Subject: Miles Davis Tribute (was Re: so waht? Re: WG: MSFT and GNU questions)
From: "Karsten M. Self" <>
Date: Mon, 11 Jun 2001 10:14:53 -0700
Mon, 11 Jun 2001 10:14:53 -0700
on Sun, Jun 10, 2001 at 10:45:52PM -0700, Ian Lance Taylor ( wrote:
> Angelo Schneider <> writes:
> > The GPL and LGPL are arguable the oldest "free" or "open" licenses.
> > Slighly followed or even older, by MIT/BDS licenses.
> There was free software out there before the GPL.  Arguably that
> software typically didn't have a coherent license.  I just took a look
> at a couple of old programs (B news and Timothy Stoehr's rogue), and I
> couldn't find any explicit license.

No explicit license, with no clear statement of intent, means
unlicensed.  Thought there may be a tradition of making such code
generally available, there is no guarantee that this will continue to be
the case.  This is at the heart of issues such as the pine mailer, some
of the djb projects, pgp, the BSD IPFilters code, and others.  And
explicit license is insurance for the user.  Absense of a license means
that copyright law governs.  As enforcement is largely up to the author,
the question then becomes whether or not the author wishes to pursue

Most free software licenses contain essentially three components:

  - A rights grant.
  - A liability disclaimer.
  - An obligations statement.

There is more to it than that, of course, but each component serves a
purpose.  Without the rights, users and downstream modifiers have no
legal basis to copy, modify, and distribute a work.  Without the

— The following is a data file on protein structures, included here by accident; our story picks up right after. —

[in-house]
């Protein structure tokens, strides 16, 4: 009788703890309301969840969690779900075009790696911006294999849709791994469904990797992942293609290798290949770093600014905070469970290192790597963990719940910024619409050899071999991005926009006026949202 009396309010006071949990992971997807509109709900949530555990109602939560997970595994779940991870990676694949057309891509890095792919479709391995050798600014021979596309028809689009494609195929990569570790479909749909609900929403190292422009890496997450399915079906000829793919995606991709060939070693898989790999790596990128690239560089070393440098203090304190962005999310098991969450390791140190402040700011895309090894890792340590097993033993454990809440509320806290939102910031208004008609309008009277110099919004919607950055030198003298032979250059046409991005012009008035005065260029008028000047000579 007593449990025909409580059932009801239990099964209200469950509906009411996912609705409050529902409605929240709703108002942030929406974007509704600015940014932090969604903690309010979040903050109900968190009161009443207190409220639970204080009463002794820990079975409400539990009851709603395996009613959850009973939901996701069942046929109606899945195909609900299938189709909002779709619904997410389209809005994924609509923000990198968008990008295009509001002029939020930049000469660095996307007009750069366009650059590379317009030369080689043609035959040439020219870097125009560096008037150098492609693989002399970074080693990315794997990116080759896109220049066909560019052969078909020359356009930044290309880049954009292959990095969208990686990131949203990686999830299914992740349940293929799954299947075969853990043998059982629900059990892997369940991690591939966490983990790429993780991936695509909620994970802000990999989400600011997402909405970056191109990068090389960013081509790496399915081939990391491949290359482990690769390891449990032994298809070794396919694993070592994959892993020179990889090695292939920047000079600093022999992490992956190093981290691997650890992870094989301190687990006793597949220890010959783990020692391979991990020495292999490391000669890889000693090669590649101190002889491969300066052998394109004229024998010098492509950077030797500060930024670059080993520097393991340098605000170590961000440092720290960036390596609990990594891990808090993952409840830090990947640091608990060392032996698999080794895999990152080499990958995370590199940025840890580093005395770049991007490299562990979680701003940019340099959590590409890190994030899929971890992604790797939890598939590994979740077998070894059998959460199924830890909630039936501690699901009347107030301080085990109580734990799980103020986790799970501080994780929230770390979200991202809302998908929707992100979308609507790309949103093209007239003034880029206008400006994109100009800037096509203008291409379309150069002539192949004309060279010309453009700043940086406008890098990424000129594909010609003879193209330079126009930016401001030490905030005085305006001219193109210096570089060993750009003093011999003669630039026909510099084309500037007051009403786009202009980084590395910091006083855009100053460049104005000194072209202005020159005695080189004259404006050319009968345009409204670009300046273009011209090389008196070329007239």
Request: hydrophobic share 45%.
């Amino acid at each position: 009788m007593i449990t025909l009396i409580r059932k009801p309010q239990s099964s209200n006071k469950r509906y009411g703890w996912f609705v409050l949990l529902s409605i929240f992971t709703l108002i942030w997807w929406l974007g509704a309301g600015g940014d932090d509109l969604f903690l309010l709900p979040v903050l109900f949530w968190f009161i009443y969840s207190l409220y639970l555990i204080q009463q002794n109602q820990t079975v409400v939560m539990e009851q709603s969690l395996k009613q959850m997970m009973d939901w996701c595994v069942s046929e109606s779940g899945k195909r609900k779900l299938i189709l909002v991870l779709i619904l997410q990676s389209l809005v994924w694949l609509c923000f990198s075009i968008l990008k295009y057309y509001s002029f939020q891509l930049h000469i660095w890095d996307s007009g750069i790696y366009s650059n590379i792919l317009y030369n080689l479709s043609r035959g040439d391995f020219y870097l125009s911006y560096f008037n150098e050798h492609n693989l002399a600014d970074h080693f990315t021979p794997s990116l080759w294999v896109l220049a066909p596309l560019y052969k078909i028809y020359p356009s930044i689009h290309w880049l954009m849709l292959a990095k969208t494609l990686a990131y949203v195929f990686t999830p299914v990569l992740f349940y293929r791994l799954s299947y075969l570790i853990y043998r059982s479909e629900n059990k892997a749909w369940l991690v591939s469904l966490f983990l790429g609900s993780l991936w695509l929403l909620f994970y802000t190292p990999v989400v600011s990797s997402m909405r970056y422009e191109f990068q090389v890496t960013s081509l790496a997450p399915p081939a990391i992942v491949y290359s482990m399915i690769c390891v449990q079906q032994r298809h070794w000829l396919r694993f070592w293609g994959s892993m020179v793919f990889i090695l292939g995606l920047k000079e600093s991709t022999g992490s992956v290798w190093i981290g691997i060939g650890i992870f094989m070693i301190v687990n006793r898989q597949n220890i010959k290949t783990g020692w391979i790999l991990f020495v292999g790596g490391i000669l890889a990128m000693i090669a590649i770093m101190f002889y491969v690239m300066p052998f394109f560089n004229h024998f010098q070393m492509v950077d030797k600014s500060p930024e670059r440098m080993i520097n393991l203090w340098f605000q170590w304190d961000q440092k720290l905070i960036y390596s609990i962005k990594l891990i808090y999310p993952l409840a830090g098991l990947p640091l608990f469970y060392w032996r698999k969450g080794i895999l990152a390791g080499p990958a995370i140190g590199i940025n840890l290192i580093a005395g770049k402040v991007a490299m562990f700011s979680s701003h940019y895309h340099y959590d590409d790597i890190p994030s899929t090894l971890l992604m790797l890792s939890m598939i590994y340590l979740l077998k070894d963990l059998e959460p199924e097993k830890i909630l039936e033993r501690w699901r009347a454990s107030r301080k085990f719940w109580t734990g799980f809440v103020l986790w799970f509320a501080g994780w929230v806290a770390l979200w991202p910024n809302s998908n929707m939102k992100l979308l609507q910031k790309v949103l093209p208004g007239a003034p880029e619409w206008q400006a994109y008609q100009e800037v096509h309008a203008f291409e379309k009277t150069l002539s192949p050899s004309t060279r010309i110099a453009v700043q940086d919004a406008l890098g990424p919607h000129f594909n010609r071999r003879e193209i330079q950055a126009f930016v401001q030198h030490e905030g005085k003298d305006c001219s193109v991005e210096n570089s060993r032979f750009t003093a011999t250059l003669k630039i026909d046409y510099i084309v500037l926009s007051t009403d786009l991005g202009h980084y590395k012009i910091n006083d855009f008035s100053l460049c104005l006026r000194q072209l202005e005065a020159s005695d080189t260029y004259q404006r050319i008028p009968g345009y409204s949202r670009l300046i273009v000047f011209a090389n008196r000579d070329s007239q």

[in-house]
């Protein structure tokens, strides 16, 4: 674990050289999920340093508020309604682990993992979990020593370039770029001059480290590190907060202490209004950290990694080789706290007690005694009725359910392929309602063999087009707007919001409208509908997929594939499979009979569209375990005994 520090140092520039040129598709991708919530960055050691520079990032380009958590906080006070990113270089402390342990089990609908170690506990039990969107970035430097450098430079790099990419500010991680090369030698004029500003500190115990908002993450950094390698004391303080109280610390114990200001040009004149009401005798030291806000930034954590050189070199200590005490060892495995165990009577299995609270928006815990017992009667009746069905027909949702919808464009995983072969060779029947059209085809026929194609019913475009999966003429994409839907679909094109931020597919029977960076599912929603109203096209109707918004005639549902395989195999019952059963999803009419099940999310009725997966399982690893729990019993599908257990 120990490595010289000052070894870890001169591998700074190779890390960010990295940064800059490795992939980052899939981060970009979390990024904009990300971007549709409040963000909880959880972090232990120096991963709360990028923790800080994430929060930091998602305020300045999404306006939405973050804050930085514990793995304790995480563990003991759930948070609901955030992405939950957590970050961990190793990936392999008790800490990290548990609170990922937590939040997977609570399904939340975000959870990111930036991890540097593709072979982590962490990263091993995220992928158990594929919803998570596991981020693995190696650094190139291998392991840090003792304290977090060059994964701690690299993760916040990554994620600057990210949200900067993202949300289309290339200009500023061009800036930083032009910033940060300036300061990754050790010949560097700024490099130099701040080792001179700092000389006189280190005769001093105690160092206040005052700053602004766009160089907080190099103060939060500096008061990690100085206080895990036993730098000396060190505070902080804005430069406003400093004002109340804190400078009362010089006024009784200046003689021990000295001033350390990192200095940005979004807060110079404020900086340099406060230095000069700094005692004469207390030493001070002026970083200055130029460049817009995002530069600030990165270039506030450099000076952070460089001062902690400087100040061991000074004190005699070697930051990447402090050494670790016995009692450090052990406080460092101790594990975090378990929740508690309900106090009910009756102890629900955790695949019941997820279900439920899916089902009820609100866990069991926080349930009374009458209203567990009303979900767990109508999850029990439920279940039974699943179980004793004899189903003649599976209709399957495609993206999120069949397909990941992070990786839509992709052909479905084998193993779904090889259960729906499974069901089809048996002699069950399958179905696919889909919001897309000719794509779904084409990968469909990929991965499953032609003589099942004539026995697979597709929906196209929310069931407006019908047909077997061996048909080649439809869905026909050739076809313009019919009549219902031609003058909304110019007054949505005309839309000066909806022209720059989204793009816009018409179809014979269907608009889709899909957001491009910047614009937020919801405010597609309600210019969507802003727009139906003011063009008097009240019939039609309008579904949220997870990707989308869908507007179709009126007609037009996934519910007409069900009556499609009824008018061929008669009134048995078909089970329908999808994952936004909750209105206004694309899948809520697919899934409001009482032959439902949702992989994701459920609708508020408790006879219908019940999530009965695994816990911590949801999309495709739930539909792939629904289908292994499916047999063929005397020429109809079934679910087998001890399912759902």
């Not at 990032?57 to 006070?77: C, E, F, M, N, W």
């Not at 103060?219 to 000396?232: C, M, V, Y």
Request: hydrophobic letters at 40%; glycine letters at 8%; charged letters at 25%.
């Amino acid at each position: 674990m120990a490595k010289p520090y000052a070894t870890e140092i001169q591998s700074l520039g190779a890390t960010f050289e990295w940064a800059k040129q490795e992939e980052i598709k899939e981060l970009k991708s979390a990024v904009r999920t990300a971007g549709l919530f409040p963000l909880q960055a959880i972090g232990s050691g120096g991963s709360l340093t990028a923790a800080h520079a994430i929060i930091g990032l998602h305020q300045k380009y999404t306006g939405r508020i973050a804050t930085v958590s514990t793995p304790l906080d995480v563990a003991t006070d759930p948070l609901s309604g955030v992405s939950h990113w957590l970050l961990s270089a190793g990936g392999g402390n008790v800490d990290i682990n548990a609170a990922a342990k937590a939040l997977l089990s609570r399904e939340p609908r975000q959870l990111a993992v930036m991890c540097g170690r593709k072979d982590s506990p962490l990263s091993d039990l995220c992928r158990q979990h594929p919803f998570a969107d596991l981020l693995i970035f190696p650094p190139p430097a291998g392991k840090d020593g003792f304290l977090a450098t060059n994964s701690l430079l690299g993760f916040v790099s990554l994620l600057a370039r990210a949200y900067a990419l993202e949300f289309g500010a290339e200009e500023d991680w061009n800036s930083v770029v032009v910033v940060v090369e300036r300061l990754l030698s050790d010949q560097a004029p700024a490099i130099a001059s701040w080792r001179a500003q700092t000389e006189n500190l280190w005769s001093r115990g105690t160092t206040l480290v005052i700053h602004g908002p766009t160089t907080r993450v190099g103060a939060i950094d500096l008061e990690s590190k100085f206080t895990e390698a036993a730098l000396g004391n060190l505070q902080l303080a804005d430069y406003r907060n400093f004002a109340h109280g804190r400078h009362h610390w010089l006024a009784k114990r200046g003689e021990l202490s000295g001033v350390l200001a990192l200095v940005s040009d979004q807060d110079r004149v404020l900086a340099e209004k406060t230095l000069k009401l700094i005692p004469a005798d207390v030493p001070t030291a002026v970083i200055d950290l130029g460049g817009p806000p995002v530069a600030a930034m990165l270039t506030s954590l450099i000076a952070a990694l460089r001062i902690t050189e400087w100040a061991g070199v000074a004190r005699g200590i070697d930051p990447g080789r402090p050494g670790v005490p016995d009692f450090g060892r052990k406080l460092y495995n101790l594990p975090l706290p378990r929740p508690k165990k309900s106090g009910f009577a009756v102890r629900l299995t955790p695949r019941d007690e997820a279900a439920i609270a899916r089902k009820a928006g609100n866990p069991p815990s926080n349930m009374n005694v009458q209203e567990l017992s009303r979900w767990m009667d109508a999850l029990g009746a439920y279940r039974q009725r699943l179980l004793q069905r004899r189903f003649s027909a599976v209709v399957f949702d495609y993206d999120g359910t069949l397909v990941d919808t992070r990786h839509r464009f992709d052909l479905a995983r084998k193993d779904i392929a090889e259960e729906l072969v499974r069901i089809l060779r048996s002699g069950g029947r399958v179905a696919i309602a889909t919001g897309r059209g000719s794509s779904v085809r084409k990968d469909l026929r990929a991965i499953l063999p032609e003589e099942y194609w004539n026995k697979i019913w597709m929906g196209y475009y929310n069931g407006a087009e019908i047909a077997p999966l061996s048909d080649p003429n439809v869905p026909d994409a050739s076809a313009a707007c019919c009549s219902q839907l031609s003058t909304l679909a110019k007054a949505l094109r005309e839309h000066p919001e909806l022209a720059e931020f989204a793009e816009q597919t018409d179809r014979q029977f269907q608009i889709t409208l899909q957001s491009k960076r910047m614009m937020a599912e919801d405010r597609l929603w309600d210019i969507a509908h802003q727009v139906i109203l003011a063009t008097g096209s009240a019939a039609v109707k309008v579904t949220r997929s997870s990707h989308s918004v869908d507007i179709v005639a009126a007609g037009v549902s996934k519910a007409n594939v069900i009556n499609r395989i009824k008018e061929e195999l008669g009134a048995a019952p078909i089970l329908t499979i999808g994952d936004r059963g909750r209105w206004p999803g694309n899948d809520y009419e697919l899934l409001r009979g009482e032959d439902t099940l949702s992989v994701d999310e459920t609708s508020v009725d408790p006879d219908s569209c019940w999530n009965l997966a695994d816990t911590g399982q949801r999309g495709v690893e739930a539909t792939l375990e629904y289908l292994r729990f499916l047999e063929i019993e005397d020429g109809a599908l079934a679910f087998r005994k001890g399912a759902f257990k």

liability disclaimer, original and contributing authors face a potential
liability risk often with no attached revenue stream.  The obligations
are the "hook" of free software -- this is the (usually) nonpecuniary
reward sought by the authors of free software,  

> > Thats no wonder that there is more software published under that
> > license.
> I disagree.  By the time free software development got to 1/10 of what
> it is today, the GPL, the BSD/MIT, and the Artistic licenses were all
> well-established.  I don't think there is any bias toward the GPL due
> to its arguable age.

Not its age directly.  However, it's fairly well conceived, and to the
extent it lapses, it's well understood.  It's also tenacious -- code
based on GPL used as the basis of other projects pretty much mandates
use of the GPL.

> I think that if it is indeed true that the GPL tends to dominate, that
> the explanation is simple: Linux uses the GPL.

Chicken, meet egg...

Karsten M. Self <>
 What part of "Gestalt" don't you understand?       There is no K5 cabal

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